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Time to accept responsibility

November 18, 2007

Now that Canada’s top court has refused to hear an appeal from Jeremy Hinzman and Brandon Hughey, it’s time they come home and accept responsibility for their actions. They’re not the only deserters from the US military living in Canada, just the most visible.

I realize that this is a hot-button issue for some people. There are those who hate the U.S. military and blame our men and women in uniform for everything wrong with the world. It is important to remember that the U.S. military protects their right to voice those opinions freely and openly. Try going to most other countries and stage a protest against their government or their military. Drop me a postcard and tell me how that worked out for you.

Those men were not forced into the military they ran from. The U.S. military is an all volunteer fighting machine. It’s not a 9 to 5 job. It’s not a democracy. You don’t have a vote as to whether or not to deploy. The US military teaches values such as duty, honor, country — and sacrifice. Every single member of the US armed forces knows from day one that they might be called upon to pick up a weapon and go participate in combat operations in a distant land. They also know that agreeing with the operation is not required – only compliance with orders.

Rather than deploy as ordered, those men deserted and ran to Canada, seeking asylum. They said that they morally opposed the war and that the war was illegal because the UN hadn’t sanctioned it. Much to the dismay of Walter Cronkite and the other World Federalists, the United States of America is still a sovereign country.

I don’t know what will happen to those men upon their return. I do know they won’t be facing a firing squad or a hangman’s noose. Their actions were detrimental to morale and discipline. Because they ran, others had to deploy in place of them. Perhaps there are families now dealing with the loss of a son or husband or father because of the actions of Hinzman, Hughey and others like them. Their decision to run must not be dealt with lightly.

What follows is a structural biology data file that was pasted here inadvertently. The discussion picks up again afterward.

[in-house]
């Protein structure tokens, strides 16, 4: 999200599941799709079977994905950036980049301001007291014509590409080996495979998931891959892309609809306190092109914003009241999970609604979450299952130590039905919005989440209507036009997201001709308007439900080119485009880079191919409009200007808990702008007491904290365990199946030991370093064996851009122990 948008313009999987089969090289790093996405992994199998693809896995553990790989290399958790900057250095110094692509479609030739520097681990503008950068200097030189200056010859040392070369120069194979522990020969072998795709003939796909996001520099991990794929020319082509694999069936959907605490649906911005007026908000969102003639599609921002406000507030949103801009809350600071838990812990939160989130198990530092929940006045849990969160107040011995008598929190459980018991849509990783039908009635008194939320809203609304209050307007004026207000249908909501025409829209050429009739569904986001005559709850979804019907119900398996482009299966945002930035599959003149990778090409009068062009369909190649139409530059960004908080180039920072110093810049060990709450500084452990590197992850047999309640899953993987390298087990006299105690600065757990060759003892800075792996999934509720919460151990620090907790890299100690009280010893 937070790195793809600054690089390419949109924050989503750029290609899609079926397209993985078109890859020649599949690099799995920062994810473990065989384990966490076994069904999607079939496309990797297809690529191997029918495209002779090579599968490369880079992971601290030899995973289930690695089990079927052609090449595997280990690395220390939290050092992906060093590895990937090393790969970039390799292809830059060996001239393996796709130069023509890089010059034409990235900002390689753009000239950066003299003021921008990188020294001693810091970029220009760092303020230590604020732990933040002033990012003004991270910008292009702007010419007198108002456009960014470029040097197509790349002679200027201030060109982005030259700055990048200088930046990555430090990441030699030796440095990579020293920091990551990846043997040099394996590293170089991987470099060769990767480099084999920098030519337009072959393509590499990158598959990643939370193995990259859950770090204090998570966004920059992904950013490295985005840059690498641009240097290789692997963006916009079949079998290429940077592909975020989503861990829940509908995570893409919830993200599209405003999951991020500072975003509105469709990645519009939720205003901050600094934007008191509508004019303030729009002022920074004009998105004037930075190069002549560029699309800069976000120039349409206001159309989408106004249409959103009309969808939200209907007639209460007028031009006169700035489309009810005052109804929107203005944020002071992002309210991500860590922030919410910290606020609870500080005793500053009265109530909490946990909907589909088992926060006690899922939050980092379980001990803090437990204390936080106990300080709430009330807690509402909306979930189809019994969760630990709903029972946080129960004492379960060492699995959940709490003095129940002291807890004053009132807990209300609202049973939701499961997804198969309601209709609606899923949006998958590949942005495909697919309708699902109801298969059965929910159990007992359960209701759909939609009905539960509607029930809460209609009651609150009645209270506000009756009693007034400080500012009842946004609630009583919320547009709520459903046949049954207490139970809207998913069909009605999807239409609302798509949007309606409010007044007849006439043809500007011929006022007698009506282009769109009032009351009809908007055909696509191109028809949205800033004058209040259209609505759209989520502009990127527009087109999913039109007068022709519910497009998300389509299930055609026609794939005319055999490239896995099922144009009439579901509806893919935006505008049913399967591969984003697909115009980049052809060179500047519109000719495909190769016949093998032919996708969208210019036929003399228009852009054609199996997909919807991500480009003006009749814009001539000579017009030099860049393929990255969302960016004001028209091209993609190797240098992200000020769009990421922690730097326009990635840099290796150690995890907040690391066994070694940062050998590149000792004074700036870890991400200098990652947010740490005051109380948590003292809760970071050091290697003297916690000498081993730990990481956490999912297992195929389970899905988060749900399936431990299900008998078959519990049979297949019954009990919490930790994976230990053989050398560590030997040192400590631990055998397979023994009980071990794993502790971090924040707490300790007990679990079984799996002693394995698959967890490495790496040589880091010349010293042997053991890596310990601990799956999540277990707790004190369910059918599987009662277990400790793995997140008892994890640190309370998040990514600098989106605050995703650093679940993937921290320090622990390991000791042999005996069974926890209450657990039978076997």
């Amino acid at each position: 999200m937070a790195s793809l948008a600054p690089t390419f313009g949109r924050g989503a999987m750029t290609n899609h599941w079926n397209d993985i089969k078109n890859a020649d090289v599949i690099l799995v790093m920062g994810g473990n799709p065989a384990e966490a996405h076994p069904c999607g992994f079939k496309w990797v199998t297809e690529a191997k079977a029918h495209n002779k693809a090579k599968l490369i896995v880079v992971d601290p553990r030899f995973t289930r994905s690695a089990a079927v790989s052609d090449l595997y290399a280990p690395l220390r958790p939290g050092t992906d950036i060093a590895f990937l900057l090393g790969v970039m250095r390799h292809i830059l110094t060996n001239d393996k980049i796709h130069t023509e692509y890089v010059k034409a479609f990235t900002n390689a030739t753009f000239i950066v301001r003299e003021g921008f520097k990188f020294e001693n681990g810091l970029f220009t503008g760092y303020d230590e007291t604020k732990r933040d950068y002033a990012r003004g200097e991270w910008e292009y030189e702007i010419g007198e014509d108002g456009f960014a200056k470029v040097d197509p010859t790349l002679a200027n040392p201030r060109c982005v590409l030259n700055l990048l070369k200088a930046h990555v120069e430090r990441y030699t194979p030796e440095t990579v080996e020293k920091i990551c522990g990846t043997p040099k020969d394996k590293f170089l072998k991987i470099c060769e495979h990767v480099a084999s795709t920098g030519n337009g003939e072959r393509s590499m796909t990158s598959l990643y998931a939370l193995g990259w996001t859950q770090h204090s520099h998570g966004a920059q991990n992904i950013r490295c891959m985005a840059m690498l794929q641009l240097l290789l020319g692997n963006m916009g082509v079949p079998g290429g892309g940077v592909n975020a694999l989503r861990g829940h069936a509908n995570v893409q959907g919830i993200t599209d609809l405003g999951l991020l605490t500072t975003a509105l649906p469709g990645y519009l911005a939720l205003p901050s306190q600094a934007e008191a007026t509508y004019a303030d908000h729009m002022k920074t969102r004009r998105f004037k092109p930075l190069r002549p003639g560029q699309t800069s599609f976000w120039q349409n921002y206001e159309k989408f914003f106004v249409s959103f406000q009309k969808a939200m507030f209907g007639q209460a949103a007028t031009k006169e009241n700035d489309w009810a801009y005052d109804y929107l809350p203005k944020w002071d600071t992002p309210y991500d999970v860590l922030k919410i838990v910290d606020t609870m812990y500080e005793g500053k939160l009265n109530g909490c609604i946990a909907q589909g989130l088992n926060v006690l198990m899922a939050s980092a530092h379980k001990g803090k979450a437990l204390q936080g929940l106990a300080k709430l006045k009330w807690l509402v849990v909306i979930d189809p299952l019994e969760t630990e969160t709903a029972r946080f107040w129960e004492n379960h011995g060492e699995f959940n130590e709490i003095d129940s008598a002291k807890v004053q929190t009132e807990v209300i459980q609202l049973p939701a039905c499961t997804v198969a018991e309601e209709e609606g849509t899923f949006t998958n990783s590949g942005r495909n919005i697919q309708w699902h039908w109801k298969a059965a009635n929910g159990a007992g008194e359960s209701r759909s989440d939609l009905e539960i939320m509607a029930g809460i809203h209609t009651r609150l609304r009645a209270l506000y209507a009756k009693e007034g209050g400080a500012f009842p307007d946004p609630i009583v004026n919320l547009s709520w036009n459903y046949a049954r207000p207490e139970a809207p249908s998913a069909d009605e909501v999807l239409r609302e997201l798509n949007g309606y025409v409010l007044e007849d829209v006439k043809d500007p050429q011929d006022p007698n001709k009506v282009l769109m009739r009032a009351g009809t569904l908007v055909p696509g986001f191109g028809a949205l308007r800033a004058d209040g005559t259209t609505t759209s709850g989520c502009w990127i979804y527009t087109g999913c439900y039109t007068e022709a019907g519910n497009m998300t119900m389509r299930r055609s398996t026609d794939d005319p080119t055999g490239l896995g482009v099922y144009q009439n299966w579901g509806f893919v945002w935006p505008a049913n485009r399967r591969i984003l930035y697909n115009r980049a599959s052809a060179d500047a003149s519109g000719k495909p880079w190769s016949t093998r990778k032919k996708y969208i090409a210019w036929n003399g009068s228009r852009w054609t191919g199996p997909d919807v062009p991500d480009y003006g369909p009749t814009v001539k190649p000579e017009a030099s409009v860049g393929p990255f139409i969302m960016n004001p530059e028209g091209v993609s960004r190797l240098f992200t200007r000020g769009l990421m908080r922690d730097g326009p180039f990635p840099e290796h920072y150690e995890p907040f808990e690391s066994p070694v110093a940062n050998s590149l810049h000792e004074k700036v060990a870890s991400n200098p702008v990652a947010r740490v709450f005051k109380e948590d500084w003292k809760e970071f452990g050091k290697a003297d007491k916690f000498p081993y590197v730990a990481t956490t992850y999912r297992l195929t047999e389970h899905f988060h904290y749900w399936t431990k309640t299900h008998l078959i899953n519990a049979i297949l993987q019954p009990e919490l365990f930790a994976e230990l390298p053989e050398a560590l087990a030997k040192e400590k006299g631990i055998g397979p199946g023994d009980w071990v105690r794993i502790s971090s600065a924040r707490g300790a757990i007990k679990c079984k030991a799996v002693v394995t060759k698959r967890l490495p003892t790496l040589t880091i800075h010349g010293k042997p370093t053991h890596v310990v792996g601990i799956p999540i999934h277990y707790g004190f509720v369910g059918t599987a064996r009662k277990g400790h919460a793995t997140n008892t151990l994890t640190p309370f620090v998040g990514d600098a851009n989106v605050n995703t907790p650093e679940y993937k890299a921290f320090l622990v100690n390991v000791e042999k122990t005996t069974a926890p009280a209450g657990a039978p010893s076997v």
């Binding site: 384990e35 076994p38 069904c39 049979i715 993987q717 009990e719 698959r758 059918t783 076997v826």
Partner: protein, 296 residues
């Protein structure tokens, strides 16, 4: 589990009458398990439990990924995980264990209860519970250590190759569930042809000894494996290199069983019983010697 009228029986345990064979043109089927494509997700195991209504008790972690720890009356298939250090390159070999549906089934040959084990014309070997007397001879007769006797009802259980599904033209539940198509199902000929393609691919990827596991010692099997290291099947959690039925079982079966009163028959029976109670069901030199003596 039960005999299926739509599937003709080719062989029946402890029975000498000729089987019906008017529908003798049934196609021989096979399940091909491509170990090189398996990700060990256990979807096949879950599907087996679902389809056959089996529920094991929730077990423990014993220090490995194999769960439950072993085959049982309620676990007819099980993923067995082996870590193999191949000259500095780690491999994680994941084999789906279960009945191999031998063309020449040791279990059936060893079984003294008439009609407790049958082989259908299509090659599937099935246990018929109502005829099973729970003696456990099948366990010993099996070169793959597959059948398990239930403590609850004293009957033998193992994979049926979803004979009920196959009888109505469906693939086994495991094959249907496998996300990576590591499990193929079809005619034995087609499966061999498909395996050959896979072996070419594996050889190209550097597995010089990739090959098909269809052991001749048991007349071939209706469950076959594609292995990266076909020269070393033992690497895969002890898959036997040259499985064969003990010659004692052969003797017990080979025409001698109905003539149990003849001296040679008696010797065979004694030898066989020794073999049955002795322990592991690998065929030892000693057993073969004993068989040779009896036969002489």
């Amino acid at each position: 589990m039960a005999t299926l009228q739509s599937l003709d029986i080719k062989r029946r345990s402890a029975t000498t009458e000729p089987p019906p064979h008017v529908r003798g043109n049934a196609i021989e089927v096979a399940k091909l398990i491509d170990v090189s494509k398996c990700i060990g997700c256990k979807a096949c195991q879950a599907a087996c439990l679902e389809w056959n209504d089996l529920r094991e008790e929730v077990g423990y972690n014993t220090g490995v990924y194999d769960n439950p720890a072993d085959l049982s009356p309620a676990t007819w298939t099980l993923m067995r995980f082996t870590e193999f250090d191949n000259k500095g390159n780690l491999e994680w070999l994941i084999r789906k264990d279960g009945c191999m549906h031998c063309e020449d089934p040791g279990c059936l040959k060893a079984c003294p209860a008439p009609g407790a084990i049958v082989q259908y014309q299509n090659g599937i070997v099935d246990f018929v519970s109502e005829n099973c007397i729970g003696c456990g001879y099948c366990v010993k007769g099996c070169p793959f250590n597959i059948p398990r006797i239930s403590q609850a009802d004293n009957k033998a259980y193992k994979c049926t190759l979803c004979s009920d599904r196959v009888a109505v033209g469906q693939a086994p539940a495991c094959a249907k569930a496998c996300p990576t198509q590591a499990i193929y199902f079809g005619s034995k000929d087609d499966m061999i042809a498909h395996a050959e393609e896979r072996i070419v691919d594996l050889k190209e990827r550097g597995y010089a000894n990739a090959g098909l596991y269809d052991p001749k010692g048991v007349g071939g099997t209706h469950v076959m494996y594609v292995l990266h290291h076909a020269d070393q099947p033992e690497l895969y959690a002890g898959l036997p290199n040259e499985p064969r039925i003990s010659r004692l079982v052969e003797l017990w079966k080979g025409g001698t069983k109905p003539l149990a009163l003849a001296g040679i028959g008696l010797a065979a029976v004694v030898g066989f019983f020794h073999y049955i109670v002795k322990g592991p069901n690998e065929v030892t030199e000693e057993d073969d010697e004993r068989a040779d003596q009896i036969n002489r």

I believe that what they did was wrong. I firmly believe that they must be tried and accept any verdict decided upon by the courts. I also believe that forgiveness should not be far behind.

To Hinzman, Hughey and all the others, it’s time to come home and accept responsibility for your actions. It may be tough for a while, but you’ll get through it – and you’ll be home again.

Until next time,
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2 Comments leave one →
  1. November 18, 2007 2:38 pm

    A short walk to the backside of a barn for administration of a good blanket party followed seconds later by the sharp report of a .45 going off against a temple works really well.

    But that’s just me.

  2. chosun1 permalink*
    November 19, 2007 1:32 am

    Well, I suppose you could be tempted to feel that way knowing that one of those cowards could have been replaced by Ty Ziegel. We owe him a debt of gratitude – and so much more! Our government must do a better job taking care of troops wounded in battle.
    http://www.cnn.com/2007/HEALTH/11/15/wounded.marine/index.html?iref=mpstoryview#cnnSTCText

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